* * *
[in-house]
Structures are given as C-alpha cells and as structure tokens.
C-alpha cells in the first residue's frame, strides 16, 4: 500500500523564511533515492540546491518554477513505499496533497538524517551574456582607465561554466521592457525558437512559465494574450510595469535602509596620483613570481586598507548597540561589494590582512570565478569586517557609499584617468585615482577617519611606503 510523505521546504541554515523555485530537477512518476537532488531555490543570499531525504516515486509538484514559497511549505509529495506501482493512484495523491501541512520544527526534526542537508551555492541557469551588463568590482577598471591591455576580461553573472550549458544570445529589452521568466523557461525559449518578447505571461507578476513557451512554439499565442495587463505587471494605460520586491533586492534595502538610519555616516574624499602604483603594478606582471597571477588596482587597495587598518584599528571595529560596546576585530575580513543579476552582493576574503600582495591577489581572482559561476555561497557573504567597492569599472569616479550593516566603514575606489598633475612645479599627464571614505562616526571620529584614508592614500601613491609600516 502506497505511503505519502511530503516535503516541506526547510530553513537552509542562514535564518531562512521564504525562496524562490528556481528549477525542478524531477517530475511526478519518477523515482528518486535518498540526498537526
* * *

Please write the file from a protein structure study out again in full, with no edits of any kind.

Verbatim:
[in-house]
Structures are given as C-alpha cells and as structure tokens.
C-alpha cells in the first residue's frame, strides 16, 4: 500500500523564511533515492540546491518554477513505499496533497538524517551574456582607465561554466521592457525558437512559465494574450510595469535602509596620483613570481586598507548597540561589494590582512570565478569586517557609499584617468585615482577617519611606503 510523505521546504541554515523555485530537477512518476537532488531555490543570499531525504516515486509538484514559497511549505509529495506501482493512484495523491501541512520544527526534526542537508551555492541557469551588463568590482577598471591591455576580461553573472550549458544570445529589452521568466523557461525559449518578447505571461507578476513557451512554439499565442495587463505587471494605460520586491533586492534595502538610519555616516574624499602604483603594478606582471597571477588596482587597495587598518584599528571595529560596546576585530575580513543579476552582493576574503600582495591577489581572482559561476555561497557573504567597492569599472569616479550593516566603514575606489598633475612645479599627464571614505562616526571620529584614508592614500601613491609600516 502506497505511503505519502511530503516535503516541506526547510530553513537552509542562514535564518531562512521564504525562496524562490528556481528549477525542478524531477517530475511526478519518477523515482528518486535518498540526498537526